f2.8 1/60 sec. ISO 640 This is unprocessed color. Cool colors, no?
And did we have one last night…. want to know when one is coming?
This was the view at the end of my street above the Niagara River and Falls on Wednesday night. The vegetation you see is the trees and understory along the Niagara Gorge rim, before the big drop down to the river. The sky and sunset were just spectacular.
I have been wanting to do this post for a while because the tip is pretty simple, but I had to wait until nature was obliging for a really colorful and crazily patterned sky. There is just one simple thing to be aware of to up your percentage of photographing a dramatic sunset.
f8 1/640 ISO 400 The sun is almost behind the tree, but in moves a storm front.
Most everyone can photograph a nice sunset, that is not hard at all. But looking for and wanting more, it is often like trying to capture the spirit of a moment and grabbing nothing but a handful of smoke. It just seems out of reach sometimes. Everything has to gel and come together for a sky like above.
Predicting when you will have a dramatic sunset is not all that easy either since clouds are always on the move. But at least there is a way to know where to start. The best displays are dependent on how high and thin the clouds are above. Wind speed and direction helps determine the scene also. One hour you have them and another you don’t.
f2.8 1/80 ISO 640 Taken about four minutes before the first image. The sky deepened in vibrancy as I walked the half block and crossed the street at the end. It became more beautiful the nearer I got to the point where the glowing ball was setting.
This view was directly above my house, but of course I would not be satisfied with this and walked to the end of the street for something better with the sun setting over Canada to the west of us. Walking further to get a clean view across the river in the first image would have resulted in all this drama disappearing really fast, so I stayed put.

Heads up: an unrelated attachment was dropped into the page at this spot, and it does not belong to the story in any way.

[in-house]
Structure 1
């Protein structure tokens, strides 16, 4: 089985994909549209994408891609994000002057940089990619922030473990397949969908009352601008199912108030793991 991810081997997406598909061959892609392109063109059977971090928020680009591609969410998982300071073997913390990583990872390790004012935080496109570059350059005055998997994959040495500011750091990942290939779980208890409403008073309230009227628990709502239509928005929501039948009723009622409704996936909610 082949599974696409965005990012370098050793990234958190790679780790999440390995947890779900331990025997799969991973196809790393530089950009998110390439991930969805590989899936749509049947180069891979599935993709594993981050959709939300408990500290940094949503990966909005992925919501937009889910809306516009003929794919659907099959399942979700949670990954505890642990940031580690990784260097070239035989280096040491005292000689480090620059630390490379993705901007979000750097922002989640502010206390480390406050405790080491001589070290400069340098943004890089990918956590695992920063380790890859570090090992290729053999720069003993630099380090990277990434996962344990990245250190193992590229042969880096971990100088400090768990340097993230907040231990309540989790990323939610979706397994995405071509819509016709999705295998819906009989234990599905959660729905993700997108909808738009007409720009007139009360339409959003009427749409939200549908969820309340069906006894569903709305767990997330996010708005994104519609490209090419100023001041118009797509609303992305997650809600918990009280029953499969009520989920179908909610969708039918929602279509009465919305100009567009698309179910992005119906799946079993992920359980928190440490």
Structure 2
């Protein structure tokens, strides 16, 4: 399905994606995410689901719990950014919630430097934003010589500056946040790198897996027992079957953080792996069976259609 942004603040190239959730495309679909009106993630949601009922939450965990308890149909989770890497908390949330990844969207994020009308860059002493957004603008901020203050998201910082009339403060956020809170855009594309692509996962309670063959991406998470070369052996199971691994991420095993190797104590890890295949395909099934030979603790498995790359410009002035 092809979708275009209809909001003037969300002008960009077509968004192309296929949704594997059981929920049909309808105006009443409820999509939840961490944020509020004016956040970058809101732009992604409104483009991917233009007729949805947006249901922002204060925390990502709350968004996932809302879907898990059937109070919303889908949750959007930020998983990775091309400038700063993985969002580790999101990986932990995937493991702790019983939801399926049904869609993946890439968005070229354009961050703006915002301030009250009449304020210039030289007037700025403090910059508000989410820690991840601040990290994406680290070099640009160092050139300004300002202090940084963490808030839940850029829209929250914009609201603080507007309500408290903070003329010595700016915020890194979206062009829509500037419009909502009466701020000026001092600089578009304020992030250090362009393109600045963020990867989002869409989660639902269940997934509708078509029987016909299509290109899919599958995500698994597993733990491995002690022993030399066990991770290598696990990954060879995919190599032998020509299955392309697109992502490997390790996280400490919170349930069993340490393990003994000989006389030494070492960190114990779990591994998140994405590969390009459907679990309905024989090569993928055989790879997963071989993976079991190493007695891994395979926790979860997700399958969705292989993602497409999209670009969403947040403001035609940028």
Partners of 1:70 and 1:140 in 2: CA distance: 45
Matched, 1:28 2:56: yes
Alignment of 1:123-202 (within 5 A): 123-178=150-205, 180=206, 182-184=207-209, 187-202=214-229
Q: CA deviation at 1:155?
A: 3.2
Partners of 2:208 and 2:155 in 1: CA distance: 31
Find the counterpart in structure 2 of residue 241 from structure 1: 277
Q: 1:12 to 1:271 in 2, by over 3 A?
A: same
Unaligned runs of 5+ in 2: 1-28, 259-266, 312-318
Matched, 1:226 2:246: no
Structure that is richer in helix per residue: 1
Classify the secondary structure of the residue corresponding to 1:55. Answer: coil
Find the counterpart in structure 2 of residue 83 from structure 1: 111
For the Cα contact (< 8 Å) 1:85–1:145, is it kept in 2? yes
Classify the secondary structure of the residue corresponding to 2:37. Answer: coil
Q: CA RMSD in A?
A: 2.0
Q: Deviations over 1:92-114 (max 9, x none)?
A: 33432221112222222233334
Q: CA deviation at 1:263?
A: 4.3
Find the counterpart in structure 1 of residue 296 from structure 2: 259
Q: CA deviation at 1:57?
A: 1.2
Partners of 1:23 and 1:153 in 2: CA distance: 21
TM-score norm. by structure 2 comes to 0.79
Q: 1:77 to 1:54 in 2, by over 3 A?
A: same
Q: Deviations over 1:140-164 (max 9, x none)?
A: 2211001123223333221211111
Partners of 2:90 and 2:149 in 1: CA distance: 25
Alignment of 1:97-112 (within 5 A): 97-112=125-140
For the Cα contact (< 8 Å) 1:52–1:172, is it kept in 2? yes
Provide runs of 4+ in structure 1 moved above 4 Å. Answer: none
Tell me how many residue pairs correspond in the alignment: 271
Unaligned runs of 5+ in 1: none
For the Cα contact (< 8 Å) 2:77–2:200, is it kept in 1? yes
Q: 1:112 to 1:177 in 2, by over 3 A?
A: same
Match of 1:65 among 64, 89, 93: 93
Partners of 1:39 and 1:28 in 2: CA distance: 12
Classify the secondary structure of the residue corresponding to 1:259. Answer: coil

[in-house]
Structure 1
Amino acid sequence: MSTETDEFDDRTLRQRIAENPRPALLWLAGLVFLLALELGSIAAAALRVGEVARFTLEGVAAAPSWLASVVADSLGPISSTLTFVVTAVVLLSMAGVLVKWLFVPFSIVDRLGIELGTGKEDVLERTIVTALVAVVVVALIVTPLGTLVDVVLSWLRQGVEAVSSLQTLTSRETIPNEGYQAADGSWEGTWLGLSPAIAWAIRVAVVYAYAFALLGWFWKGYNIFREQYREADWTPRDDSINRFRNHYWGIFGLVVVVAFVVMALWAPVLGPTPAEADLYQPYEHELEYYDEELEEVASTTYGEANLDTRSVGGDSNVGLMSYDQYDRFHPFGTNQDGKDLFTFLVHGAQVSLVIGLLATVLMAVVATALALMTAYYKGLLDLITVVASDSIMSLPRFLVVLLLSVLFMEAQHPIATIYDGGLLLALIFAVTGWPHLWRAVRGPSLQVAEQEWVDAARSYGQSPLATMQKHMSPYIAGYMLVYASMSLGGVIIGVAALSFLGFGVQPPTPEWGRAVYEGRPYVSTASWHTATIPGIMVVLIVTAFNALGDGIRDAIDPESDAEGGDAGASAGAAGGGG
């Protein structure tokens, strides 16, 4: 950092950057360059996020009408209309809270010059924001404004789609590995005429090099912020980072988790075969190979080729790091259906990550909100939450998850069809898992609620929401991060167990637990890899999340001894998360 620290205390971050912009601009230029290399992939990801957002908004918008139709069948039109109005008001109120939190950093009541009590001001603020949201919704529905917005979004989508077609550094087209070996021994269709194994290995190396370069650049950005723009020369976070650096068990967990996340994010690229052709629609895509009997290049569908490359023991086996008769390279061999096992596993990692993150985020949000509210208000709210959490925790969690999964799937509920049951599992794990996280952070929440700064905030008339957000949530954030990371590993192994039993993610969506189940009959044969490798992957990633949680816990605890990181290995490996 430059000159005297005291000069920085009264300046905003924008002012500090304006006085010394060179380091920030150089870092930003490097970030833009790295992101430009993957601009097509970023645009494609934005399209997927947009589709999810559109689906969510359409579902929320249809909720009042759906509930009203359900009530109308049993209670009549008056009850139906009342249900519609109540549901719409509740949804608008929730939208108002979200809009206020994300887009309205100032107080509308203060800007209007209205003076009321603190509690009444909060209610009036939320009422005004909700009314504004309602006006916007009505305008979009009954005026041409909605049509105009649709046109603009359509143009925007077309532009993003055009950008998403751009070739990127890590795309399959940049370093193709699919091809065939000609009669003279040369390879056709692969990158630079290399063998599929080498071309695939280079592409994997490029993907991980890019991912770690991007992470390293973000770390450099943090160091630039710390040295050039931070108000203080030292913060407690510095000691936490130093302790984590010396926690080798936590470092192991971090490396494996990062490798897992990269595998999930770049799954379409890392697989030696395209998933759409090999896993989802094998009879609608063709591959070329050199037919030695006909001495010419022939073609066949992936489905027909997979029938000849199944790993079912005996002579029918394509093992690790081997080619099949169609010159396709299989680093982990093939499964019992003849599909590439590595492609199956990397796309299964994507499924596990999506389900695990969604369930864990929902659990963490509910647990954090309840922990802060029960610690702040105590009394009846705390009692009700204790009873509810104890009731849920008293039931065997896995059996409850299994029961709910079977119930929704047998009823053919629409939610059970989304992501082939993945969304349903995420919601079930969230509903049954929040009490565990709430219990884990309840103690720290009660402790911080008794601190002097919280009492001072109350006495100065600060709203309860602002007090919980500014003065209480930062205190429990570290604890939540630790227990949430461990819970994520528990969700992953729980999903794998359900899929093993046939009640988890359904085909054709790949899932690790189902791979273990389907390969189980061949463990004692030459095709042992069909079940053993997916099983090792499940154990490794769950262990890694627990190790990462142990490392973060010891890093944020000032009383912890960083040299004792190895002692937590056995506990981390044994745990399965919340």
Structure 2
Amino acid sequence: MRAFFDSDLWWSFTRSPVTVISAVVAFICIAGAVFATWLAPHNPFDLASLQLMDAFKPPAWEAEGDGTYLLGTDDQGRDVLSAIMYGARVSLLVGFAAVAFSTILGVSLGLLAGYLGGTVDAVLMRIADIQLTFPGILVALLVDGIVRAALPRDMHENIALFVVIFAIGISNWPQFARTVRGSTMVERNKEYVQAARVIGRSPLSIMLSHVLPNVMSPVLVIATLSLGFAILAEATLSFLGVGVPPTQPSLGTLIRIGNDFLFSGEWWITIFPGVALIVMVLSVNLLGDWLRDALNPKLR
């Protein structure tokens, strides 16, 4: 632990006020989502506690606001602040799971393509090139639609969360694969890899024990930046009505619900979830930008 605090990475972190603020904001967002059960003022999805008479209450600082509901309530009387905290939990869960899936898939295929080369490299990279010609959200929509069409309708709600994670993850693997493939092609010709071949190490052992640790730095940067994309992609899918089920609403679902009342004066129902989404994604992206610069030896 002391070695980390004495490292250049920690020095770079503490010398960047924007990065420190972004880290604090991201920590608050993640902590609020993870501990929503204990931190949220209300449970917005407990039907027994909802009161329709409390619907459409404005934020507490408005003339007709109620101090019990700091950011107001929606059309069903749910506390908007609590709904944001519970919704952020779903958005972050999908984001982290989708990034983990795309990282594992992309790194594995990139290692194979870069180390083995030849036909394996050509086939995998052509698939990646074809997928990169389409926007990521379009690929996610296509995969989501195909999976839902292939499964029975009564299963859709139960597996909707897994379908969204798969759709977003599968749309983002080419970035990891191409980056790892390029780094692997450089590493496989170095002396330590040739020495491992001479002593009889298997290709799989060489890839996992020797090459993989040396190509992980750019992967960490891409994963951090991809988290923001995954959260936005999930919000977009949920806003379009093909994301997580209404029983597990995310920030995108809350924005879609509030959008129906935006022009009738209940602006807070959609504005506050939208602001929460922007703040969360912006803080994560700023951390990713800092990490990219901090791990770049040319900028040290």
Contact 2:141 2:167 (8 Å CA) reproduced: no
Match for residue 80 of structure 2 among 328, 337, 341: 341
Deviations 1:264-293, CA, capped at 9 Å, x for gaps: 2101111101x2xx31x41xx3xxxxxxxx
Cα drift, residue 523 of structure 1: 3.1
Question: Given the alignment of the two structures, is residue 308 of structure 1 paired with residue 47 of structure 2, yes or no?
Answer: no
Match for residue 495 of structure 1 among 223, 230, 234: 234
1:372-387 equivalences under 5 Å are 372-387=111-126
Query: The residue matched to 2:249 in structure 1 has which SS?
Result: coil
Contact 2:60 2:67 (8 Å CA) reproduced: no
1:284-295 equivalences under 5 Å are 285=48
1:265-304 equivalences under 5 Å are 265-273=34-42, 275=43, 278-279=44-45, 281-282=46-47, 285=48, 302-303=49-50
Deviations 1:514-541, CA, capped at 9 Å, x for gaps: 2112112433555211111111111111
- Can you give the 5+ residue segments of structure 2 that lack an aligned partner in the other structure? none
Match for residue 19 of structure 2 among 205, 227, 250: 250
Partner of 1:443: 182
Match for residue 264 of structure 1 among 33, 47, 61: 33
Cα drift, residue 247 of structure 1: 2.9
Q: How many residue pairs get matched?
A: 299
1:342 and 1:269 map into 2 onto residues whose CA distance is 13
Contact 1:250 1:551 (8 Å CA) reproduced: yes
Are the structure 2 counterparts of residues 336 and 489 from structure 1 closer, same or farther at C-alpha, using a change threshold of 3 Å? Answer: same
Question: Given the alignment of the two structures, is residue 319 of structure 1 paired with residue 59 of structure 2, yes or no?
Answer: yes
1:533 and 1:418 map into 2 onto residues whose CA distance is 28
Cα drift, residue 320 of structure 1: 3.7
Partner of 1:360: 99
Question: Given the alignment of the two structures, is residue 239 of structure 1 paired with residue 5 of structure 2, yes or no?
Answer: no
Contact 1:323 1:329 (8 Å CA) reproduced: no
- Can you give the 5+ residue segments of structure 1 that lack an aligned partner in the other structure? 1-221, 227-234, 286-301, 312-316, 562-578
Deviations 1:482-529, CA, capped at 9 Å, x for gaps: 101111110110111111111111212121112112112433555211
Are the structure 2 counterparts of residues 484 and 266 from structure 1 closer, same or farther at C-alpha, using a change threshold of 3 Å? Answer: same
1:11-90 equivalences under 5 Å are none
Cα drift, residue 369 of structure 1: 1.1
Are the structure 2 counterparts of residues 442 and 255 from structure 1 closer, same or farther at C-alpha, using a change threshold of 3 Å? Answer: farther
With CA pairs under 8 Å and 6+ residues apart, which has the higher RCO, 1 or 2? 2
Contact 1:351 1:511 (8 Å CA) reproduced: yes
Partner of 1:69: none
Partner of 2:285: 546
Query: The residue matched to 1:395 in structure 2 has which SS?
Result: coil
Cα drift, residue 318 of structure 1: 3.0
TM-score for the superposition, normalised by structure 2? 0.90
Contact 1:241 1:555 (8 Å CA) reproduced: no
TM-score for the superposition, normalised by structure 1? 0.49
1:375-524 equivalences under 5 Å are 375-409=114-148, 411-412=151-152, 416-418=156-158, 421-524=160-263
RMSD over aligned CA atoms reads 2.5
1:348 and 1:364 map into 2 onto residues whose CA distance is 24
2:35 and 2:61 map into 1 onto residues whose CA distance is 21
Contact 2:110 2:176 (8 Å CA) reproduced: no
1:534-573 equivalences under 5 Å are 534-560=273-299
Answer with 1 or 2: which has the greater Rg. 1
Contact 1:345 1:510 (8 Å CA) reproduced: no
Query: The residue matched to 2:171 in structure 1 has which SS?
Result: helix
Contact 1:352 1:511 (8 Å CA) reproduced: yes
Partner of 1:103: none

This type of high cloud scene above creates some of the most spectacular visual effects, including the red and orange skies seen here at sunset. Cirrus clouds are joined by cirrostratus clouds, which appear as thin sheets across the sky. The thin, wispy cirrus clouds thicken to form cirrostratus (flatter and thicker) clouds, the darkened areas I presume.
I am not very familiar with cloud types, but do know there are many variations on most of the major cloud formations. All have a slightly different form, water makeup and shape.
f9 1/160 sec ISO 125 Niagara River at the power intakes.
One can watch the clouds in the afternoon and get a sense of whether or not they will be the right ones hours later. There is no guarantee, but if winds are low, they may stick around, or be followed with similar clouds.
The high, thin single layer of clouds need to stretch across the sky like you see above. The layer has to exist singularly, not in combination with thicker clouds along the horizon. If puffy clouds are at the horizon, like below, the sun will not likely make it past them to light the underside of the thin clouds above.